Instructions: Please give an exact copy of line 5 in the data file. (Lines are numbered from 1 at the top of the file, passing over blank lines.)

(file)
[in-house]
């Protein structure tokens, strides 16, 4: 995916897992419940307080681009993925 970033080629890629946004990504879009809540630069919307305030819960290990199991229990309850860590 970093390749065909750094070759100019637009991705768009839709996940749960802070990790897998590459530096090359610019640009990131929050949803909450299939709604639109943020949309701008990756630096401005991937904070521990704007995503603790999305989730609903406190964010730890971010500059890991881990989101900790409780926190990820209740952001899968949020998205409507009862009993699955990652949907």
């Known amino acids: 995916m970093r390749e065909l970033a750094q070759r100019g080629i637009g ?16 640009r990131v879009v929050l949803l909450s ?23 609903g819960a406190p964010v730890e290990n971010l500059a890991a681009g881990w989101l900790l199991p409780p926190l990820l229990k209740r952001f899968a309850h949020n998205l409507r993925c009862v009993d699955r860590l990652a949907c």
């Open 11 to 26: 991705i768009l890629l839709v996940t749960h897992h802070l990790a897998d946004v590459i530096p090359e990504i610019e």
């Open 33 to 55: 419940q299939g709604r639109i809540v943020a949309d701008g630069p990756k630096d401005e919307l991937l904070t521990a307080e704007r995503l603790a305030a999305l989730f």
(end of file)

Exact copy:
């Open 33 to 55: 419940q299939g709604r639109i809540v943020a949309d701008g630069p990756k630096d401005e919307l991937l904070t521990a307080e704007r995503l603790a305030a999305l989730f």